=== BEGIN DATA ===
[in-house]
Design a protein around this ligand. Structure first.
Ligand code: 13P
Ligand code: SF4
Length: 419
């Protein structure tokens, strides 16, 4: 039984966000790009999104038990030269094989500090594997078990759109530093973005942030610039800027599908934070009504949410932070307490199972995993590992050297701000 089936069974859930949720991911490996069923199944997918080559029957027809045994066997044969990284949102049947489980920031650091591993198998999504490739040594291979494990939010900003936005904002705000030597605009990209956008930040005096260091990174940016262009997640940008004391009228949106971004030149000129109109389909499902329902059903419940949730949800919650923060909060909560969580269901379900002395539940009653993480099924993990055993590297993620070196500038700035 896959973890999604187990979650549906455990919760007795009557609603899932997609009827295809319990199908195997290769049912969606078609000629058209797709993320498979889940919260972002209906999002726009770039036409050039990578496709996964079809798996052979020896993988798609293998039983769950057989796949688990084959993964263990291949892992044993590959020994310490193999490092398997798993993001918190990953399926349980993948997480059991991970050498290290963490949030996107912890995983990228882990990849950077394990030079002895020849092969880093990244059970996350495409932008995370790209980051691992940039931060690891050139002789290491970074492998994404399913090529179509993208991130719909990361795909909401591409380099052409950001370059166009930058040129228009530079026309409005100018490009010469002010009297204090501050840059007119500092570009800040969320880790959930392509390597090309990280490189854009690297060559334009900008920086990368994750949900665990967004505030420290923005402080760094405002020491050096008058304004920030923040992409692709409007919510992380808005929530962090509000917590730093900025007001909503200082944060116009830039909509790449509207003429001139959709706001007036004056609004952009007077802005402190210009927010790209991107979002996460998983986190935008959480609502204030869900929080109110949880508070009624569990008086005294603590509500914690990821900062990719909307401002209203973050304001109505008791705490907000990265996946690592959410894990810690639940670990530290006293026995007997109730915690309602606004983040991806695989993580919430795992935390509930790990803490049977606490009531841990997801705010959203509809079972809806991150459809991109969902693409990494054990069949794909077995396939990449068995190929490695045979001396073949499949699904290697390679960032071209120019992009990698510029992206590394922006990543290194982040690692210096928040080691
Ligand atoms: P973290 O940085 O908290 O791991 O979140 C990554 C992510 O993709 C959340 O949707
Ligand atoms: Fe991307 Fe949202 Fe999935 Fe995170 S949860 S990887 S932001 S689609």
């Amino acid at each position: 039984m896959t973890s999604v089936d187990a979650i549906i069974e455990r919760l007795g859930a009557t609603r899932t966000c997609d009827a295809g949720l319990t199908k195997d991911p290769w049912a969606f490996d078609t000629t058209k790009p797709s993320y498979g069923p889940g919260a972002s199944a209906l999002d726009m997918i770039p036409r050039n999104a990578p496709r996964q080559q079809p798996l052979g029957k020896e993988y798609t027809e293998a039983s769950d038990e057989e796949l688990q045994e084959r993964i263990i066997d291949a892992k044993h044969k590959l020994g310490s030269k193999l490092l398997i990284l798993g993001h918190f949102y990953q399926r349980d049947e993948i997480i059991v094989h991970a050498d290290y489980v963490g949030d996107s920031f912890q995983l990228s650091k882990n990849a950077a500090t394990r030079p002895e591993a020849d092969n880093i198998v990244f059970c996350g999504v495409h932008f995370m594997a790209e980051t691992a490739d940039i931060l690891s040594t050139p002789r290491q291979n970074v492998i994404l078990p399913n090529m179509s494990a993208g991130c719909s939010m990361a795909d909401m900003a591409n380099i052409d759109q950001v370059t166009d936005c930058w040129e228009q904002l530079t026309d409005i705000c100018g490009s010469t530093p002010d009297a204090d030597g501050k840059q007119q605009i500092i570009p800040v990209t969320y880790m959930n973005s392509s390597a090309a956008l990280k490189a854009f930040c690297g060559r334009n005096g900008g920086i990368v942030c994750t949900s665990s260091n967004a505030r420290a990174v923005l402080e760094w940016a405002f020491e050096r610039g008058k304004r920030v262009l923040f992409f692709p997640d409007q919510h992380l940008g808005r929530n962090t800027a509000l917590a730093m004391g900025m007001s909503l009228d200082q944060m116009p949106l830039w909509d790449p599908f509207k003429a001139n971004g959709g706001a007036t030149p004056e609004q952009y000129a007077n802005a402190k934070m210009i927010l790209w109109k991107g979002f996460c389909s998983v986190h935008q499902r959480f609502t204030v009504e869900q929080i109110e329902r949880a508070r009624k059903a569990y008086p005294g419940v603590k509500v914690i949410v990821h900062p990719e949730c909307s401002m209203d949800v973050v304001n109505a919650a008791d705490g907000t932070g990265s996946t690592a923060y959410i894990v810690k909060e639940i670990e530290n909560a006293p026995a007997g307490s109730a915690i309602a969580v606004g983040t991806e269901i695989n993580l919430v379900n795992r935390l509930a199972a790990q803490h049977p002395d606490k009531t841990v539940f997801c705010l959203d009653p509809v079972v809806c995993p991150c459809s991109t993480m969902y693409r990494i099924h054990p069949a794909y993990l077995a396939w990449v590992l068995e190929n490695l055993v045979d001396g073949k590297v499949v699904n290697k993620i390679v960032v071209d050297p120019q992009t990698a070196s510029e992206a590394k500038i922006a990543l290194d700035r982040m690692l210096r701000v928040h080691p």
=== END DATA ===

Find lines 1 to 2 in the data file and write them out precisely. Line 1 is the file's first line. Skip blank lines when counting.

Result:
[in-house]
Design a protein around this ligand. Structure first.